Tuesday, May 29, 2012

Syria vs Iran: First Tipping Point?

Just as the focus had shifted to Iran and their stalling tactics - something recognized by Israel, as they prepare to launch a military attack against the nuclear facilities, Syria steps up to the plate as the next tipping point. Keep in mind the fact that Assad promised that any 'outside intervention' into Syria's affairs would result in an attack on Israel:

The US's top military officer has warned Syria it could face armed intervention as international outrage grows over the massacre of women and children by tanks and artillery in Houla.

General Martin Dempsey, the chairman of the joint chiefs of staff, said that following the UN security council's condemnation of the slaughter – in which more than 100 people were killed, many of them children – there needed to be increased diplomatic pressure on Damascus. But he added that the US would be prepared to act militarily if it was "asked to do so".
"There is always a military option," he told Fox News. "You'll always find military leaders to be somewhat cautious about the use of force, because we're never entirely sure what comes out on the other side. But that said, it may come to a point with Syria because of the atrocities."

Was this a 'false-flag' operation? Not that the Syrian government should be trusted, but the article below isn't the first one to raise some credible questions.

Syrian authorities on Monday blamed Islamist militants for the massacre of 108 men, women and children in the town of Houla and denied UN and witness accounts that army tanks were in the area at the time.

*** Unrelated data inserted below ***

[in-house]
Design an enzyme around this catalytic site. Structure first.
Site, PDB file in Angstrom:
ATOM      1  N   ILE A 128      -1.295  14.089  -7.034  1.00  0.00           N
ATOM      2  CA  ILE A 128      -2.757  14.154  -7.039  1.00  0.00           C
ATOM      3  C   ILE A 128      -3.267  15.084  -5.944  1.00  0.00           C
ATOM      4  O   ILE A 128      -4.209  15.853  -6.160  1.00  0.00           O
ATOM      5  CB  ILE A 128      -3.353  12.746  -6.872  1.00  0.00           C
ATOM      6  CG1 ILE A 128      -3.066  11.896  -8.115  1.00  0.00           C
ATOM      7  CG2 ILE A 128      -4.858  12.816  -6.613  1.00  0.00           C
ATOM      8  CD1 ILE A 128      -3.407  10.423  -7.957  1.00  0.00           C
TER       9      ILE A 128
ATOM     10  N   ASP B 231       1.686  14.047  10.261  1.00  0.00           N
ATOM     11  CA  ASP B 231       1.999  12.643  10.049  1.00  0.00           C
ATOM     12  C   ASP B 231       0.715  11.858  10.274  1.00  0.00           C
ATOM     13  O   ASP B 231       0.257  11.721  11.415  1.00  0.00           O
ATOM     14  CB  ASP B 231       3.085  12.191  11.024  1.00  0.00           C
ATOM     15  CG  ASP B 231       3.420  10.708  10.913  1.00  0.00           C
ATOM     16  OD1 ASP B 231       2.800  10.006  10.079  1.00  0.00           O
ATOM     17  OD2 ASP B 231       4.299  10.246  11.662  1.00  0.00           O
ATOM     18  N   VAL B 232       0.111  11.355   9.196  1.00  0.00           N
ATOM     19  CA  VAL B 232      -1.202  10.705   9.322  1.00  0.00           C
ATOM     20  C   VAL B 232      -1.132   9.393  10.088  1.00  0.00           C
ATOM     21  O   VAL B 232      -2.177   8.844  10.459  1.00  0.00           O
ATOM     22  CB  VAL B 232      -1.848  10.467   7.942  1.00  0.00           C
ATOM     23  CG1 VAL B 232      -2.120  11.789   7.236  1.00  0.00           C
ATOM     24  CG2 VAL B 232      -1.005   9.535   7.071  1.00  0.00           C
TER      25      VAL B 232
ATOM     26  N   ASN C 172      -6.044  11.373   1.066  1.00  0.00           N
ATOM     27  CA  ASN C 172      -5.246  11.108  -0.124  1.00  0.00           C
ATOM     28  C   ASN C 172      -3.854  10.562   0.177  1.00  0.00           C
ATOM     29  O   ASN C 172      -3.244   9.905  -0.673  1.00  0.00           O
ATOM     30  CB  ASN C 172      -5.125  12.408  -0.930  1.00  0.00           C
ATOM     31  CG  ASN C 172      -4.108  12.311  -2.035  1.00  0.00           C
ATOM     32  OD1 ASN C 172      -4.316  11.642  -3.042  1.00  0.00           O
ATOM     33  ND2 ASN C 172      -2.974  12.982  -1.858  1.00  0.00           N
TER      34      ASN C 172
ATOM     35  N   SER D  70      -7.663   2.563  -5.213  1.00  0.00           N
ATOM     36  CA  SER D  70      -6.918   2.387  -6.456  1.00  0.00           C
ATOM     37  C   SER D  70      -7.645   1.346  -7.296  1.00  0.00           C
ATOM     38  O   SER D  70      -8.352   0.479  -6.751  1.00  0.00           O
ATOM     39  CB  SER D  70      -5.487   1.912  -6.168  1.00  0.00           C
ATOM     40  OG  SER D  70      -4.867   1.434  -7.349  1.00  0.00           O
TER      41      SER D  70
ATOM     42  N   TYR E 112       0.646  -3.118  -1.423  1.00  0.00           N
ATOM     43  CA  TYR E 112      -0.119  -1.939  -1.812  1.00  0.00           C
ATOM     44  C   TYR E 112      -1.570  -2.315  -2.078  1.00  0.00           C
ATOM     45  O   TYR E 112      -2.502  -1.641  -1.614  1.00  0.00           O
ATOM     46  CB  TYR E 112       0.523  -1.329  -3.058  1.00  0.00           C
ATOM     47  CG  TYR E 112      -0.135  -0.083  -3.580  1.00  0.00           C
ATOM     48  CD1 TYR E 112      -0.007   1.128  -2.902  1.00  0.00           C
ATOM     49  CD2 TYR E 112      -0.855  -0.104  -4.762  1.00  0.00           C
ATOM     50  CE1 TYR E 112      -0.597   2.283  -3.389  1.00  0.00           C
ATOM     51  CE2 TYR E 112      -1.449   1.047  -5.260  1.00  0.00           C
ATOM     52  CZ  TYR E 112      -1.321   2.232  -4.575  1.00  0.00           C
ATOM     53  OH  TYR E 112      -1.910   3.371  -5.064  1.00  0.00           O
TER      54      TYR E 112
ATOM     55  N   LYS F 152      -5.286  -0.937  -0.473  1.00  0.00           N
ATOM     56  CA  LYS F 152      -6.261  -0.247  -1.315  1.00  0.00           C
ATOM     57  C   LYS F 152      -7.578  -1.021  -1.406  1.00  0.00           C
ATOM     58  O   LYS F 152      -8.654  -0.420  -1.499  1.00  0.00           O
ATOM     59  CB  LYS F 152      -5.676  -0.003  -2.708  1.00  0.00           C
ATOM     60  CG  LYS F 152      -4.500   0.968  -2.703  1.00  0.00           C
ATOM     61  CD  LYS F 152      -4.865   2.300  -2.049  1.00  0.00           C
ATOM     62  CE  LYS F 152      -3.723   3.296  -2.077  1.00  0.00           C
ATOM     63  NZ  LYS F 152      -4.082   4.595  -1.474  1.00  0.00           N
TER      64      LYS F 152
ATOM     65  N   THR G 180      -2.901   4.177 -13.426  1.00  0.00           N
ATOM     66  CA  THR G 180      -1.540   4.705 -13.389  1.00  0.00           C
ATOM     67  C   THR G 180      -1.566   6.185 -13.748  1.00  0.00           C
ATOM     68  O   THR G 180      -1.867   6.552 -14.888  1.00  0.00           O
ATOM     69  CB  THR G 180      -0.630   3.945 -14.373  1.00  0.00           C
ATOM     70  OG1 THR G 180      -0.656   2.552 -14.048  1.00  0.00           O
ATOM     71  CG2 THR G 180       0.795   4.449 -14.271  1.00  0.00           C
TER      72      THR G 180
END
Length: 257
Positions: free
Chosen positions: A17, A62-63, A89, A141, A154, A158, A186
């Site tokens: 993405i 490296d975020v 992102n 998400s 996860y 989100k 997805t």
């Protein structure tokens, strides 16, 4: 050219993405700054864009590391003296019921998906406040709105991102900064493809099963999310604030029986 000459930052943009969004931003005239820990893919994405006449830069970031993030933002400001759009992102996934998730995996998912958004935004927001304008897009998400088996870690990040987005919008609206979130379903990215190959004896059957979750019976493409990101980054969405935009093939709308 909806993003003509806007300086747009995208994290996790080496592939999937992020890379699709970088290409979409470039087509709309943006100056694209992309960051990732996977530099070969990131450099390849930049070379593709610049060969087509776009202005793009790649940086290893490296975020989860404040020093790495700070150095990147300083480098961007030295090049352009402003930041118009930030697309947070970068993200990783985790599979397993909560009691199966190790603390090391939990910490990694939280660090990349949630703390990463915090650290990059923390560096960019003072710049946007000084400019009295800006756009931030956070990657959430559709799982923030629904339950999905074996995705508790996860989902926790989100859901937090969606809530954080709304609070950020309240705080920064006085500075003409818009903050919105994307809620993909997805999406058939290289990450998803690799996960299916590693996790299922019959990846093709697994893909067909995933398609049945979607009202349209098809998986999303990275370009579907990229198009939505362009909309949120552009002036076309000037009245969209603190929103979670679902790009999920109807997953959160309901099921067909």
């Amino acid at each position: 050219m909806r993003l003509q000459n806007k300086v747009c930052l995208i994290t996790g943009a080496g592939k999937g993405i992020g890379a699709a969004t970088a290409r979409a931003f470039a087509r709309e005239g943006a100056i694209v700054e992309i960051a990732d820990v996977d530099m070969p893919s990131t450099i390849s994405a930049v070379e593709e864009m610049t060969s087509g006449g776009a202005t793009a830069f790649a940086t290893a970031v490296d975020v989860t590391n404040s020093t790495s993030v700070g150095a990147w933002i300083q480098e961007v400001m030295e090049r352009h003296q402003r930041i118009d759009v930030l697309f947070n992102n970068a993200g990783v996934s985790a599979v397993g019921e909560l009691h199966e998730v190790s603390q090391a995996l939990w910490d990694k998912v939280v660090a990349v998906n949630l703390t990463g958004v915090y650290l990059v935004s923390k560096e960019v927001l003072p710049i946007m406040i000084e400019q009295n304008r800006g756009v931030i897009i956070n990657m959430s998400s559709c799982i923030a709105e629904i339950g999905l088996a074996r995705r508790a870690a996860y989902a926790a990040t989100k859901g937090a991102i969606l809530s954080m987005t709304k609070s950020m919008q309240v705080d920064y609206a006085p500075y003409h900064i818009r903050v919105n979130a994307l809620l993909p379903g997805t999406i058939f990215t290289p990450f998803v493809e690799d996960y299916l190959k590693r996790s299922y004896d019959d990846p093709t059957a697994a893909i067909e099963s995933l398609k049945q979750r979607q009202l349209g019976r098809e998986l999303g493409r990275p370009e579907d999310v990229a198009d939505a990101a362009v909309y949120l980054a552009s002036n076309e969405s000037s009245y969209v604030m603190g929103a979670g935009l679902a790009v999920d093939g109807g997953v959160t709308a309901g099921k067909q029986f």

In a letter to the UN Security Council published by state media, the Foreign Ministry said the Syrian army had clashed with hundreds of armed men who it said committed Friday's massacre. The ministry said the killers used knives, which it called a "signature" of Islamist militant attacks.

"Not a single tank enteredthe region and the Syrian army was in a state of self-defense using the utmost degree of self control and appropriate response, and anything other than this is pure lies," the ministry's letter said.

"The terrorist armed groups ... entered with the purpose of killing and the best proof of that is the killing by knives, which is the signature of terrorist groups who massacre according to the Islamist way."

Houla is mostly populated by Sunni Muslims - from Syria's majority community which has led the revolt - while many of the surrounding villages are dominated by Alawites, the offshoot of Shi'ite Islam that provides most of Assad's ruling cadre.